The Hidden Plastic That’s Clogging Our Oceans

This spring I was on a cruise off Bermuda, some 650-plus miles off the mainland United States. The sea was azure—the color of the sky on a clear blue day. The water was crystal clear other than a few golden strands of sargassum seaweed.

I was on the boat with an intrepid group of major plastic producers and users (Dow Chemical, Clorox, Nestlé Waters, Coca-Cola), nonprofit organizations (Greenpeace, WWF), social entrepreneurs, investors, funders and academics like me. We were gathered by SoulBuffalo, our host, to experience the ocean plastics challenge firsthand and to use our time confined together at sea to determine what we might do about it.

And there was horror lurking beneath.

What we encountered, though, weren’t massive shakes or mysterious monsters of the deep. We all took our turn snorkeling and had a macabre competition to see how many pieces of plastic we could find stuck in the sargassum. I think the toilet seat won.

Yet the truly devastating experience was this: Remember those crystal-clear waters 650 miles out in the middle of nowhere? We all took turns in a zodiac pulling a small filter behind us for 30 minutes. Each filter came back with 10 plus microplastic bits pulled from the top layer of those beautiful waters. These plastic fragments had not been visible to the naked eye.

Photo courtesy of the National Oceanic and Atmospheric Administration

Every day we are drowning ourselves and unique habitats in plastic waste. Scientists estimate that in coastal countries some 275 million metric tons of waste were generated in 2010, with between 4.8 and 12.7 million metric tons (the equivalent of 8.5 million Toyota Priuses) ending up in the ocean.

Marine life is eating the plastic. I saw a piece of plastic with fish and turtle bites on it.  Whales, seabirds, fish and other sea mammals have been found with intestines full of plastic.

So, what to do? Focus first on getting rid of single use plastics. Already the EU, Canada, China and India, among other countries, and some U.S. states and municipalities have announced various single use plastic bans, and more will come.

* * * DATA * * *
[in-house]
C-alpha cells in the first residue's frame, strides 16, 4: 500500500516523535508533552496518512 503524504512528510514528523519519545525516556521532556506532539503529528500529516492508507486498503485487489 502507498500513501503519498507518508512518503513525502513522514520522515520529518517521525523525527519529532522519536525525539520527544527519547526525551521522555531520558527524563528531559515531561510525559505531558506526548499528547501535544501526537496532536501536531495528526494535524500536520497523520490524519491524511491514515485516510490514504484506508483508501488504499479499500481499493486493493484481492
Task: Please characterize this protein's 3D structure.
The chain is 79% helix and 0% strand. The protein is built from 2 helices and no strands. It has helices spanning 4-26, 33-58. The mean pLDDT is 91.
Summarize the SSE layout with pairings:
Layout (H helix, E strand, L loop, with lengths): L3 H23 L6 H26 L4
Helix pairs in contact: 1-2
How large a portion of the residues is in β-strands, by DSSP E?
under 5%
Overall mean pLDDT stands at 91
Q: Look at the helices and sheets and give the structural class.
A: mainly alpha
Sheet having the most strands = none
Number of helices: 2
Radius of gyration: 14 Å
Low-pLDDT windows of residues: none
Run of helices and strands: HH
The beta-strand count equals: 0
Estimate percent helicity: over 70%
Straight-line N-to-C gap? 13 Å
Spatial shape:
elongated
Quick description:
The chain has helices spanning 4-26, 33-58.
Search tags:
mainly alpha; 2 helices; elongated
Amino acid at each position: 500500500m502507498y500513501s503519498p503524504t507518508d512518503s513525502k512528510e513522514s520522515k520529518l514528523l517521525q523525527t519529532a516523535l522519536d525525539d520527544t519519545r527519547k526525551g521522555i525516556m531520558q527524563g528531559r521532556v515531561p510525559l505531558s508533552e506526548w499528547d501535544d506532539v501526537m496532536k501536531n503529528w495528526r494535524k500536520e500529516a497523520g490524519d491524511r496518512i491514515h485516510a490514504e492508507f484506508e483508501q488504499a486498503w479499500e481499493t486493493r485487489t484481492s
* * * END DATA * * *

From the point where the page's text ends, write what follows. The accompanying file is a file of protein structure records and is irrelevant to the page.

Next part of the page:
And we can do our part as consumers. You know you are supposed to bring that silly canvas bag with you to the grocery store—so do it! Build your personal brand with your choice of water bottle so you don’t have to buy plastic. (I have a Swell bottle that looks like wood. Says it all.) You can carry your own collapsible straw, if sipping things is an important part of your daily routine.

There is also fun new stuff to try. Feel nostalgic for the milkman and his glass bottles? Unilever, Procter & Gamble, Clorox, Nestlé, Mars, Coca-Cola and PepsiCo are working with Terracycle through a new service called Loop, which delivers your shampoo, ice cream and other food and personal care items in durable and attractive packaging that they take away when empty, clean, refill and deliver to your doorstep.

A similar idea is Truman’s Cleaning Supplies. They not only reduce your jumble of noxious cleaners to four non-toxic options but will deliver refills that you mix with water in the original bottle. Bye-bye to lots of plastic bottles with leftover nasty chemicals in them.

Once you start thinking about it and creating a low plastics tolerance discipline, I am sure you will find many ways to cut down on single use plastics.

The motley crew aboard the Bermuda plastics cruise may still find ways to make it easier for you. My favorite idea from the onboard brainstorming was Zero Hero, wherein brands will band together with retailers to create products with zero packaging waste or 100 percent recycling or reuse and refill in-store, enabling consumers to choose to be “zero heroes.” The ocean could use some Avengers. Personally, I am rooting for Aquaman to step up.

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